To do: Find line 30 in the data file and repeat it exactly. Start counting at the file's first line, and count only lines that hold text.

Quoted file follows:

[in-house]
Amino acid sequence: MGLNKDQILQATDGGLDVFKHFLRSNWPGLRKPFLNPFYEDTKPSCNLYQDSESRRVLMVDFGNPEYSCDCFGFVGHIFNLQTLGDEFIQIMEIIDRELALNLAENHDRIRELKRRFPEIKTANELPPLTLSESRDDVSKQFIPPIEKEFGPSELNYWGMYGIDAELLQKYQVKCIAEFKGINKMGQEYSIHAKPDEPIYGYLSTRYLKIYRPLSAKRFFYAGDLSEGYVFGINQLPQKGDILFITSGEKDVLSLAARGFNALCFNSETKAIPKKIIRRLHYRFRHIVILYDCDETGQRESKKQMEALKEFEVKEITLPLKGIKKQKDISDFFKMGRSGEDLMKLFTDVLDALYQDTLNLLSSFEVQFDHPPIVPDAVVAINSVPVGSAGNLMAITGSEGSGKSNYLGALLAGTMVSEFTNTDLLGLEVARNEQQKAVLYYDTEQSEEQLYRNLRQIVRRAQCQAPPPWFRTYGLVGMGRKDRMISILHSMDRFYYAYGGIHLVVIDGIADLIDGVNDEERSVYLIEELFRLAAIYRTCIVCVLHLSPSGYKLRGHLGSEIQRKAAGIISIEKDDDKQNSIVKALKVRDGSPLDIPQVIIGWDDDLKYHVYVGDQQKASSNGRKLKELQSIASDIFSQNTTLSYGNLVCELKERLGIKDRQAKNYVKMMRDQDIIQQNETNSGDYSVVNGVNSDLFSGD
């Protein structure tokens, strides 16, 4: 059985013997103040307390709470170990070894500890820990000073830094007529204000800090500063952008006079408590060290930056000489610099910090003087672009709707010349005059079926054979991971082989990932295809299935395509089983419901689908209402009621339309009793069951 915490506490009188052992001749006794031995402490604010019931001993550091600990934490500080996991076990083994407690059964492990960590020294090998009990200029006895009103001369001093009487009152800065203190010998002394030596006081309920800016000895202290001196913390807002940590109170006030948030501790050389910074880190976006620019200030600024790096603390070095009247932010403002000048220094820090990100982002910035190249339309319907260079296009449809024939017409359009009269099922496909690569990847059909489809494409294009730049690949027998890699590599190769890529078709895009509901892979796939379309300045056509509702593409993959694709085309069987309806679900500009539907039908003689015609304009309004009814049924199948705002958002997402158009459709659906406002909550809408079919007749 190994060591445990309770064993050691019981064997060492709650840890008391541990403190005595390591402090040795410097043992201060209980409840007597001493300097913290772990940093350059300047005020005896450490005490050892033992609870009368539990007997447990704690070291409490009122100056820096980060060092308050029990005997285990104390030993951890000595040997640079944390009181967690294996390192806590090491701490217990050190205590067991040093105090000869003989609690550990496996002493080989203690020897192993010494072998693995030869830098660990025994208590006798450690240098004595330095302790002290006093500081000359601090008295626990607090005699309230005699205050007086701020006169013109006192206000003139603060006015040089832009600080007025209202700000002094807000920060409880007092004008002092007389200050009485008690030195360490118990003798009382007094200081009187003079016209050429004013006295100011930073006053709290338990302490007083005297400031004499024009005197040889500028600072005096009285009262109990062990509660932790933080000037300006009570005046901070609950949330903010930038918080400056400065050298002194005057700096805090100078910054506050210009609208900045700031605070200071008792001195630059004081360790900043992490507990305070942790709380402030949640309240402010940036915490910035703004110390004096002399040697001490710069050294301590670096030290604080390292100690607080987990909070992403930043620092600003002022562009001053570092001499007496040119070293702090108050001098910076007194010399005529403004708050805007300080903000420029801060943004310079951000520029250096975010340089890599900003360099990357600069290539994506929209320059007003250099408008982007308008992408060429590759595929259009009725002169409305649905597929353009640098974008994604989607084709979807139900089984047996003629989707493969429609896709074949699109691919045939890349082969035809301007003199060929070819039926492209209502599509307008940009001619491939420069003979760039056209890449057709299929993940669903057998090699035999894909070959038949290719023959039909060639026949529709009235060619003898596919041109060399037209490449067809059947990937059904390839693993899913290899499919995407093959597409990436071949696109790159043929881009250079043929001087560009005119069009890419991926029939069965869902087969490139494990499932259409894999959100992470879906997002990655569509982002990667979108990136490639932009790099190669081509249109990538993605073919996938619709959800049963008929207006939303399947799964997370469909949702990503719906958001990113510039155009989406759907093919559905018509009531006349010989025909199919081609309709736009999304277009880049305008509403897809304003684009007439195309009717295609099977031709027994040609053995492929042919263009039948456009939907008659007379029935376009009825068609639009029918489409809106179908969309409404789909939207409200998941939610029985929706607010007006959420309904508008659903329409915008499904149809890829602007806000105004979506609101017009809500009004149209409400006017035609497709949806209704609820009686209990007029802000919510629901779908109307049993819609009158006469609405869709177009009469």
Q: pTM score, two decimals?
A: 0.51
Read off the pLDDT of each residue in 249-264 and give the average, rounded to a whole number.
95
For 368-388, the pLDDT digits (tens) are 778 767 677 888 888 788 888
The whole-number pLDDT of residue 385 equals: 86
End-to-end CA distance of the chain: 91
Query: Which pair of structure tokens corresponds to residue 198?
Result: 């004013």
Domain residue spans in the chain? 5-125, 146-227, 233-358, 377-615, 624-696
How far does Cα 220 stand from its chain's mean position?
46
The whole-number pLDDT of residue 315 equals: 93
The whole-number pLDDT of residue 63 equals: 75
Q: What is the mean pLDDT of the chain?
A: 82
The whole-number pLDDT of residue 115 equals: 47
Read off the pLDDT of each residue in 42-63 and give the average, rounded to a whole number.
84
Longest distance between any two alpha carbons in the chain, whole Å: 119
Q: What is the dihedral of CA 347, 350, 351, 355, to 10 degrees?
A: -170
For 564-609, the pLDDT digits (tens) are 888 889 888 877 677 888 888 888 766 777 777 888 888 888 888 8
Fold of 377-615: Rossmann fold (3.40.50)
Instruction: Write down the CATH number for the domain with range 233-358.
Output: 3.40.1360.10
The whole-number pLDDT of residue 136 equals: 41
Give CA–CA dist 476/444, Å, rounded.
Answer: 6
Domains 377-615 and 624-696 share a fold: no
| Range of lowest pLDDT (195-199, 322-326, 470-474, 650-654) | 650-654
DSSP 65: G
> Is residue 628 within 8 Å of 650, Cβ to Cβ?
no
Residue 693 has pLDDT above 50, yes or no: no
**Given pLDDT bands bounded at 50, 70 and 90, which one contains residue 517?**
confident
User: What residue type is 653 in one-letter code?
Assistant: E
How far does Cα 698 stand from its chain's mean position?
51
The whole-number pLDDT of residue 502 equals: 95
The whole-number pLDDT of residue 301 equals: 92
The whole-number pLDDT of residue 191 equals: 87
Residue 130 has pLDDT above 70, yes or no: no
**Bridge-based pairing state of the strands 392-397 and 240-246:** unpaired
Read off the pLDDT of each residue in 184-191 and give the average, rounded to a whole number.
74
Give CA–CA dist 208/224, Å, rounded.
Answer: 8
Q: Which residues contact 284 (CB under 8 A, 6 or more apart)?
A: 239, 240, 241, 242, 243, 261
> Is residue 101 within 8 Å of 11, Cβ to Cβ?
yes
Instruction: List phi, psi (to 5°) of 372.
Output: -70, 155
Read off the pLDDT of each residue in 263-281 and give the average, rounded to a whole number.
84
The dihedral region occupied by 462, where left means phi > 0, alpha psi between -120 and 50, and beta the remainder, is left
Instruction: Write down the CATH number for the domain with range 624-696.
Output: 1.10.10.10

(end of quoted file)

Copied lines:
The whole-number pLDDT of residue 136 equals: 41